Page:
I touched down in Marrakech last Friday after a trek down the coast from Fes to Casablanca. When I walked into the main terminal through Customs, there were at least 100 men with signs for Riad’s and Hotels. Chaos is the word best suited to describe it. I found the driver from Les Jardins de la Medina and bolted for the front door. I watched a van run over a motorcycle before we even got out of the airport parking lot and it appeared to be rush hour…Yikes! <insert need beer>
In Marrakech, the roads are actually wide enough for cars to squeeze down in some areas of the Medina. It’s flat here and from my perspective, a lot more crowded. How the driver navigated the Land Rover down the street is still a mystery to me. The car brought me right to the front door of Les Jardins de la Medina and unlike Fes, the door to the Riad was stunning. At one time this property was a large private estate. I believe it was a relative of the Royal family. After the front reception area there is a huge garden with swimming pool, lounge chairs and a fabulous bar and restaurant with outdoor seating. The staff incredibly gracious as expected and the room stunning. I’ll be doing a separate post on the hotel so stay tuned.
The most famous part of Marrakech, Djemaa el Fna Square, is a must-see! It’s impossible to describe. Comparable to something between a small-town carnival and the Indianapolis 500, there is a sea of people shouting, singing, selling and panhandling. It’s a bit overwhelming at first but as the initial shock subsided, I was able to absorb the individual scenes.
Beginning around 4PM the bigger food carts start to move into the square. By 5PM the entire place is set up and crowds begin pouring in. You can find all the favorite Moroccan dishes for sale in the square at night. They have fresh Escargot, skewers of beef, lamb and chicken, couscous, dates and nuts to name just a few. Morocco grows a tremendous amount of citrus and you can get a delicious glass of fresh squeezed orange juice for just 50 cents at one of dozens of orange carts throughout the square. The smell of Moroccan spices fills the air and there is a festive feeling here. The crowd is not just tourists. On the contrary, Djemaa el Fna Square is the place locals congregate at night to eat, socialize and to be entertained by music, acting and other acts that I could honestly not understand.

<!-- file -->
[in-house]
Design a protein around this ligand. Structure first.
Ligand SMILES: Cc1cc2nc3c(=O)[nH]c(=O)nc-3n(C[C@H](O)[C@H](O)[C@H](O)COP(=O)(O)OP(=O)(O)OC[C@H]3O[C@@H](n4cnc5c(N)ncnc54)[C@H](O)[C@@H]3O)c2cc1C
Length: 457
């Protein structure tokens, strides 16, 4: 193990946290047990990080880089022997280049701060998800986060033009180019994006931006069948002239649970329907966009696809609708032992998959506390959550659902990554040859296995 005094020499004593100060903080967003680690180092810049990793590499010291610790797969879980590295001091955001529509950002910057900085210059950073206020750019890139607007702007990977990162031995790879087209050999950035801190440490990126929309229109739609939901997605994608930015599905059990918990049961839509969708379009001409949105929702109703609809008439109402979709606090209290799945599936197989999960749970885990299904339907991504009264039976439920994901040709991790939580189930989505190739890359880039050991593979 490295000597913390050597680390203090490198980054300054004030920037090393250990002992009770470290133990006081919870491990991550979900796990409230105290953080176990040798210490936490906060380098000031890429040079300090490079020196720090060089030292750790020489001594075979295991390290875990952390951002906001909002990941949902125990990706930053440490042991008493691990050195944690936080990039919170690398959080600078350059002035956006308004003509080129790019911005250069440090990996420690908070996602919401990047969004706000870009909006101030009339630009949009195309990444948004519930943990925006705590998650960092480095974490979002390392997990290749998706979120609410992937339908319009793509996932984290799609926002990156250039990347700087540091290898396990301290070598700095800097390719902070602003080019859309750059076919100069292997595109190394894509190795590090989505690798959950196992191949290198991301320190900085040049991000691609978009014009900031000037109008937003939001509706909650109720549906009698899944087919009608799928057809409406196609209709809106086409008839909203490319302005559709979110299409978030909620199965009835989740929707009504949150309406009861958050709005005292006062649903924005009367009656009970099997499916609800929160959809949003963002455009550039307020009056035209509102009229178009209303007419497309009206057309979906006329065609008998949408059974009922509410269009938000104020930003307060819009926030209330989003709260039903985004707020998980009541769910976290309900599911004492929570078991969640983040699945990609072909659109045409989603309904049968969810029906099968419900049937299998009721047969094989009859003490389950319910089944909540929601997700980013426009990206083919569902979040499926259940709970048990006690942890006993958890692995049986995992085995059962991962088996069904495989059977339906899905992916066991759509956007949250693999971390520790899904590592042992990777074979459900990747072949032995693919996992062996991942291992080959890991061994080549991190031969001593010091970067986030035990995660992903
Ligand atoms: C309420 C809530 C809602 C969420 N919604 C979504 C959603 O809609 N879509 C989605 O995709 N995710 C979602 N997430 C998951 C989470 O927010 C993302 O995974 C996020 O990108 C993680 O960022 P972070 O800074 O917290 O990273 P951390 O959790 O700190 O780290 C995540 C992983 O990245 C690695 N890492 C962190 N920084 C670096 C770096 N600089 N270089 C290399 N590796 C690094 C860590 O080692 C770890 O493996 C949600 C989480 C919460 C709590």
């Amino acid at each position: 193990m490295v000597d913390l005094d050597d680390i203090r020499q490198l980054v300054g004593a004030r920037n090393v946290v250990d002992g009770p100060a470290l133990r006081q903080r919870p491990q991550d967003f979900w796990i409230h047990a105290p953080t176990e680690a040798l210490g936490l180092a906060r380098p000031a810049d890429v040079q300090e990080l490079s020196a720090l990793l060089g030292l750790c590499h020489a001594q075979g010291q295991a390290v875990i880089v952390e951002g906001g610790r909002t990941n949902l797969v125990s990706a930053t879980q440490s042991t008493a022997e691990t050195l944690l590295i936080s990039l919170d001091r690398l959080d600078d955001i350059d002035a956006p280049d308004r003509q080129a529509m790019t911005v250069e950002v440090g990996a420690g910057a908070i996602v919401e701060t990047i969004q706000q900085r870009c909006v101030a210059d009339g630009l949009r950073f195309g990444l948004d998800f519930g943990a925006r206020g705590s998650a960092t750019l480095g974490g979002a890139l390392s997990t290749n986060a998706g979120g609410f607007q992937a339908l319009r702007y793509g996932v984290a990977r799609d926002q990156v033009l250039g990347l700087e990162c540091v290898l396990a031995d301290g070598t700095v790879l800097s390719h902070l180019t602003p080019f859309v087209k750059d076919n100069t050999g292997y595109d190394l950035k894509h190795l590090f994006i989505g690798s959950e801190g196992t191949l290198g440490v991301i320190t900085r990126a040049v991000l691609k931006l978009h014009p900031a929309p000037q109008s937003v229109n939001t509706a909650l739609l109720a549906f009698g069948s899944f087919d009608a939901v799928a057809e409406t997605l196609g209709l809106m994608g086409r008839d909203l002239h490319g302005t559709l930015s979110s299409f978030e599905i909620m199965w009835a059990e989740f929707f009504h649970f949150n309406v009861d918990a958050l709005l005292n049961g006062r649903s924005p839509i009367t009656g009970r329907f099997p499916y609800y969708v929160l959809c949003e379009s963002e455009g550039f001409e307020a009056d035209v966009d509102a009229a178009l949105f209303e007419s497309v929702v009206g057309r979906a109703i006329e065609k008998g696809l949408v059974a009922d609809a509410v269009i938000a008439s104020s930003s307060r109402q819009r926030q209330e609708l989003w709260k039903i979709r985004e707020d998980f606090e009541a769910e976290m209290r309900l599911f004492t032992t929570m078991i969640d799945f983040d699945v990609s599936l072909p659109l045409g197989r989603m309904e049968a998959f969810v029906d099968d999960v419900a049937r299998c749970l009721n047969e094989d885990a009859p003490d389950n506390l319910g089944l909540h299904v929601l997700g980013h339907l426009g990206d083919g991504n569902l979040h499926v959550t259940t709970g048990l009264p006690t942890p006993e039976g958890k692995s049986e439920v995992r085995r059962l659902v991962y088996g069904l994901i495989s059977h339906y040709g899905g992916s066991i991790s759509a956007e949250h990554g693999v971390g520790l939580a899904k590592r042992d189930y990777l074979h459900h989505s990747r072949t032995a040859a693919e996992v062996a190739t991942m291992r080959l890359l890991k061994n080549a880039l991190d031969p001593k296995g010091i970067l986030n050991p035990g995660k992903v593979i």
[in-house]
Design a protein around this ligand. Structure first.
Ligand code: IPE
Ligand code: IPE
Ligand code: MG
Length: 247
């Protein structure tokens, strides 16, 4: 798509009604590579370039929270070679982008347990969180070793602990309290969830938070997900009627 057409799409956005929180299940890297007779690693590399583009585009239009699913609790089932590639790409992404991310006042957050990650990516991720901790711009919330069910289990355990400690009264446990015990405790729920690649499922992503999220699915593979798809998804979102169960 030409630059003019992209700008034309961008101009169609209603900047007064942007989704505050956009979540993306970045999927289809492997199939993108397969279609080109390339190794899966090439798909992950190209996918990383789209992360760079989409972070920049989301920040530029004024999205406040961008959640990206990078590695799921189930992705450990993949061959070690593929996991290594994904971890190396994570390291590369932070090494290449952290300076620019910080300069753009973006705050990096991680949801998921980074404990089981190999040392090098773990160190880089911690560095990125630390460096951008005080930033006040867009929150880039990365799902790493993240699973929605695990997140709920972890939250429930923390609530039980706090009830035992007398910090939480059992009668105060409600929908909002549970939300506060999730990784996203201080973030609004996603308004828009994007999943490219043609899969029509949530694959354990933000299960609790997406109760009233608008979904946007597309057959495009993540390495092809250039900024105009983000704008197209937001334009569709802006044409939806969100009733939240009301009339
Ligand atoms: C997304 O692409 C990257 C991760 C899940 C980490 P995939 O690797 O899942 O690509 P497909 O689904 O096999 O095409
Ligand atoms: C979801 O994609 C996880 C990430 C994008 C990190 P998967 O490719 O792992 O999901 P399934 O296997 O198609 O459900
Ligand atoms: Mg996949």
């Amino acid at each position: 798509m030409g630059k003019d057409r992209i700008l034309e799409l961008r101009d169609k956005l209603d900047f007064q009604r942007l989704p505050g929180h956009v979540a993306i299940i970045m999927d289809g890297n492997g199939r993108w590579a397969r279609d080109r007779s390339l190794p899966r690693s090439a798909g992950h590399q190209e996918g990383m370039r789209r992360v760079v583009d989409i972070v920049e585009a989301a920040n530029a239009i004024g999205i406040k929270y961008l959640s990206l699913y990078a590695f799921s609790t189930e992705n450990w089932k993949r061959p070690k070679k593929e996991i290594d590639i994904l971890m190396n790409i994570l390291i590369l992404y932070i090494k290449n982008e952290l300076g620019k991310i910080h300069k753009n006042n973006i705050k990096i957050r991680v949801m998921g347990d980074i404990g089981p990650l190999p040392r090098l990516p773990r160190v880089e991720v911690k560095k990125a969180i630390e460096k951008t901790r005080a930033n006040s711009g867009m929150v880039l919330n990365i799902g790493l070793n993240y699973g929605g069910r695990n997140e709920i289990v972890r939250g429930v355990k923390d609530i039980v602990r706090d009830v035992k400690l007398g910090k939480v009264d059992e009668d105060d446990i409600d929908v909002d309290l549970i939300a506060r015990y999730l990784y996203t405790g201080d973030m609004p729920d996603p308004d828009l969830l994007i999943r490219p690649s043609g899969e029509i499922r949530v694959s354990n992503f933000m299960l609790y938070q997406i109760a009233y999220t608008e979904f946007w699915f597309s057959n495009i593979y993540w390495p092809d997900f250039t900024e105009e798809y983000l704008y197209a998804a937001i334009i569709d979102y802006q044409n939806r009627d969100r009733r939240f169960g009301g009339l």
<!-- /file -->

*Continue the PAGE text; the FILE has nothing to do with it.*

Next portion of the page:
Behind the square, little alleyways branch into the Souk, which is an open air market and a part of life in Morocco and the Middle East. A Souk also refers to the individual stalls within the market so the term can be used both ways. You can buy almost anything in the Souk; clothing, shoes, food, household goods, and artisanal items like wood carvings, rugs, and jewelry.
There are no prices marked on the items. Part of the experience is haggling over the prices. The first price given is usually more than double what the item should really sell for. Some of the vendors are pretty shrewd negotiators! The first thing they want to know is “how many” of an item you want to buy. Then they will tell you a price for a few more than what you asked for. I think I could learn a few selling tactics from them for sure.
It appears that most of the things are actually made in Morocco but you do need to be careful. I saw a few “Made in India” stickers on things.
A lot of the clothing they sell are knockoff’s of brand name Western labels like Adidas, Converse and Guess. The traditional Djallaba, which comes from the Arabic word jallaba meaning attractive, is a standard, casual outer garment worn by both men and women in Morocco. The Kaftan is the more formal and elegant dress. Depending on the fabric, they can be very expensive to have made but they are so exquisite. In some of the expensive restaurants you can see men and women wearing some spectacular outfits!
I’ll finish up with a short video of my first walk through the souks in Marrakech. The video quality is not good but it will give you a better sense of what its like to walk there. I kept seeing these leather things that I thought were pet beds and I finally realized they were meant to be stuffed with filling to make foot stools. I was just seeing them folded for storage. I have pets on the brain!
Marrakech is a vibrant city with a lot to see and experience. It certainly pushes some comfort boundaries for Americans but I highly recommend visiting if you have the opportunity. I will never forget wandering the streets and alleyways of the city…
Happy New Year!